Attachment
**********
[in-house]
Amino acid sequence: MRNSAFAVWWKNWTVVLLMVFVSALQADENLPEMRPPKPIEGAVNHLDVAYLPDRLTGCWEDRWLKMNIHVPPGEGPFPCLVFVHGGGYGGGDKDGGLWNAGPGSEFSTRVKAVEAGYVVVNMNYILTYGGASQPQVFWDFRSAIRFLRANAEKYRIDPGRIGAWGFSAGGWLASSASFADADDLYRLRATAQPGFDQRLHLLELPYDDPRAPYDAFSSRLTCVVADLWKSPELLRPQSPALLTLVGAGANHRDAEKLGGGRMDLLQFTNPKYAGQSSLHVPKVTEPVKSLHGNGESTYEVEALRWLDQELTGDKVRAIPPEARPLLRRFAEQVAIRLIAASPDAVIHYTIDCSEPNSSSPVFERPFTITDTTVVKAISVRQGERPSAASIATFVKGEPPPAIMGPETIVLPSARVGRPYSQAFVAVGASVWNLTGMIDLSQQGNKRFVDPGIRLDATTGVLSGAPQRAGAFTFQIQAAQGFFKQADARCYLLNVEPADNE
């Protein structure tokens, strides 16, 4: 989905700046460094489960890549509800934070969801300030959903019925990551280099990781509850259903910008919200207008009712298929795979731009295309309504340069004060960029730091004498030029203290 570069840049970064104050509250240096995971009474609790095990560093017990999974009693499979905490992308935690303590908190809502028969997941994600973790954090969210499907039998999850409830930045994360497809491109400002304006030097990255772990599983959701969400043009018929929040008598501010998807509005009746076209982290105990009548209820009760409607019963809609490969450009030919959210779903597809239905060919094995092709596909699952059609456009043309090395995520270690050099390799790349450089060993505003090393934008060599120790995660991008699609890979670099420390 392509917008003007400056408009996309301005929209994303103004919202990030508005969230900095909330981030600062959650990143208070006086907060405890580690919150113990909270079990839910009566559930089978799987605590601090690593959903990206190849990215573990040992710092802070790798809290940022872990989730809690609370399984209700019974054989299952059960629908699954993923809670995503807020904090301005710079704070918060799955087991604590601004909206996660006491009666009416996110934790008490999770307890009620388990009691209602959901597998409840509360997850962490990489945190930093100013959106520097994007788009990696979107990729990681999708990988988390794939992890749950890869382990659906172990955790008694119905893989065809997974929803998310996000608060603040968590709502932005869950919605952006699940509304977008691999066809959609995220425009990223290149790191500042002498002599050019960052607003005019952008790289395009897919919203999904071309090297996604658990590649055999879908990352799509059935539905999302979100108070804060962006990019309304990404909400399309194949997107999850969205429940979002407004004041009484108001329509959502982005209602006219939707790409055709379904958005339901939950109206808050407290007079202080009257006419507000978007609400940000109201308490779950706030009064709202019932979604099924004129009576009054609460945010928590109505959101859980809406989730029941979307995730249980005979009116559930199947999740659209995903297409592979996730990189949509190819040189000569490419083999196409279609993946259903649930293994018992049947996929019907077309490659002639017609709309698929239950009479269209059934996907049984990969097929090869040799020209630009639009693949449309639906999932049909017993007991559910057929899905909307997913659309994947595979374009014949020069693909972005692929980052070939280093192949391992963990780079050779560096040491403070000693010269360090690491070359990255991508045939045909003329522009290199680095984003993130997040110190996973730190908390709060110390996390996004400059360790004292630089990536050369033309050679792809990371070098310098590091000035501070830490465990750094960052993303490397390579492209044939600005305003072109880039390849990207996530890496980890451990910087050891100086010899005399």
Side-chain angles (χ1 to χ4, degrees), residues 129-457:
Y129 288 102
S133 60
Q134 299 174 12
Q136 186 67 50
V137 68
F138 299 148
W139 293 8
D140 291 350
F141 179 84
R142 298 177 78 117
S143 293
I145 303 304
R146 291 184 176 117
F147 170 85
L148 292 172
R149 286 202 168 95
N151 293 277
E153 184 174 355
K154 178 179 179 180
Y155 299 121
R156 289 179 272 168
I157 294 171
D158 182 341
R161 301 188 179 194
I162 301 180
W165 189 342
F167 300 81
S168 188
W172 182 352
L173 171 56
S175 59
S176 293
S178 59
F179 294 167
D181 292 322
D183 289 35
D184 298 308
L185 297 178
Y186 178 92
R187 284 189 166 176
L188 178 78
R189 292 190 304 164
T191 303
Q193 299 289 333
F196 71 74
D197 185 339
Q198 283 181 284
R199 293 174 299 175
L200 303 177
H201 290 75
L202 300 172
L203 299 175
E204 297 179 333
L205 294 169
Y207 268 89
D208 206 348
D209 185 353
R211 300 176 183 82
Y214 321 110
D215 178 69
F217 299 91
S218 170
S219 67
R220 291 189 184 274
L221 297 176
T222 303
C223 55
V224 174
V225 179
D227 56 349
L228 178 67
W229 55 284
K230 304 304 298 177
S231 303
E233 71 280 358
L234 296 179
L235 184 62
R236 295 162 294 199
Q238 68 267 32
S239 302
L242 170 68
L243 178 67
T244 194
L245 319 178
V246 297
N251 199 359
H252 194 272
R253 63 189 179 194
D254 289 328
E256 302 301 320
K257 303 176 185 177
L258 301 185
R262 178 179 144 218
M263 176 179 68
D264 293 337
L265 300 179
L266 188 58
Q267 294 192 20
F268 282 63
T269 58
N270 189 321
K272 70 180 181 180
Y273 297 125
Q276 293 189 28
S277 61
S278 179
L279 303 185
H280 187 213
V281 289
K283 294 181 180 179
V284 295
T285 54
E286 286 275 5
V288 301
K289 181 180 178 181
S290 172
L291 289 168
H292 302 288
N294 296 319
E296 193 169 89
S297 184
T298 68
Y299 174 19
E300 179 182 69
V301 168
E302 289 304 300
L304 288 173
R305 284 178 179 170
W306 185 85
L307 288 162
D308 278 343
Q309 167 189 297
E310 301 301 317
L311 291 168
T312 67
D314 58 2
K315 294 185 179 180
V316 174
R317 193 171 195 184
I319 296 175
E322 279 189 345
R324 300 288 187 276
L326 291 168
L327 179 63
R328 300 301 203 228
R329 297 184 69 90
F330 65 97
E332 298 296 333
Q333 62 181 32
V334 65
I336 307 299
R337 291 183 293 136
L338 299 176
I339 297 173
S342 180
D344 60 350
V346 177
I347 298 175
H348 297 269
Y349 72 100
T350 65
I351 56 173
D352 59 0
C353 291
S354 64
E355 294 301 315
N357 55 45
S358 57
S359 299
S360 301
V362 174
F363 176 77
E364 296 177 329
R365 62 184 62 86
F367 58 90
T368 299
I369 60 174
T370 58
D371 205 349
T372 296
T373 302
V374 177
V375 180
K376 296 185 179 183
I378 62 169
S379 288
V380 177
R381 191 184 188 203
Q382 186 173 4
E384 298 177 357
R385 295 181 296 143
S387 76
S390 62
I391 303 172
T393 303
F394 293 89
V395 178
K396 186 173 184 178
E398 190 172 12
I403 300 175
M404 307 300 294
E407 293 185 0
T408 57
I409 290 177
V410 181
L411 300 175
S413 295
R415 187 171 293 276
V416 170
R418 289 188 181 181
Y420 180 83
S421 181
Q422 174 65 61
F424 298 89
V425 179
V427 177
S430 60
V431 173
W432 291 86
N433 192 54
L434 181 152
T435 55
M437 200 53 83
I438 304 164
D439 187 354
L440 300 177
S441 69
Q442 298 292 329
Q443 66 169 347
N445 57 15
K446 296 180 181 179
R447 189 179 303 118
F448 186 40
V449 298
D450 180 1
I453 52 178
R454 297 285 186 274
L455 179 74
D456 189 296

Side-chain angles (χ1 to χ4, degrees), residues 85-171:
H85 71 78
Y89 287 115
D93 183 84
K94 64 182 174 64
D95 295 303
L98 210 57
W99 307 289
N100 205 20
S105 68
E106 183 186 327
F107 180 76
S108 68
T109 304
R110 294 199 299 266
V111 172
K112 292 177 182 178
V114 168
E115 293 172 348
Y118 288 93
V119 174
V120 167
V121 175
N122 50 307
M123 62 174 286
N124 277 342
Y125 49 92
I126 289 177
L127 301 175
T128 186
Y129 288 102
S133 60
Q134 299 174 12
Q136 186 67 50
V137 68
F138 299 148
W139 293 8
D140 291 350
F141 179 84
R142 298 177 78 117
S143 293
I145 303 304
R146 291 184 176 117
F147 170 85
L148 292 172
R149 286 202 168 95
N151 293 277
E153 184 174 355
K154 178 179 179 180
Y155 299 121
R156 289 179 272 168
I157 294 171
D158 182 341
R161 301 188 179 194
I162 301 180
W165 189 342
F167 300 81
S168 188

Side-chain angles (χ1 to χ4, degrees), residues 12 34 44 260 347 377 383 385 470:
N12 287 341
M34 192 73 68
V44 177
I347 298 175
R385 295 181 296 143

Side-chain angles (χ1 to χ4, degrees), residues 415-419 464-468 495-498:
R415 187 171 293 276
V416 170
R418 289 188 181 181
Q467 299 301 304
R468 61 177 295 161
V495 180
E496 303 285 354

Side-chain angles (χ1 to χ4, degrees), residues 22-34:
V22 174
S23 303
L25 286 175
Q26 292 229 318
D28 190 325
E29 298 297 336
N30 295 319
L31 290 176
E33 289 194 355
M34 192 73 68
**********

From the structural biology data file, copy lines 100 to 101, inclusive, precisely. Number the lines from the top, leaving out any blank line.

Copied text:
L265 300 179
L266 188 58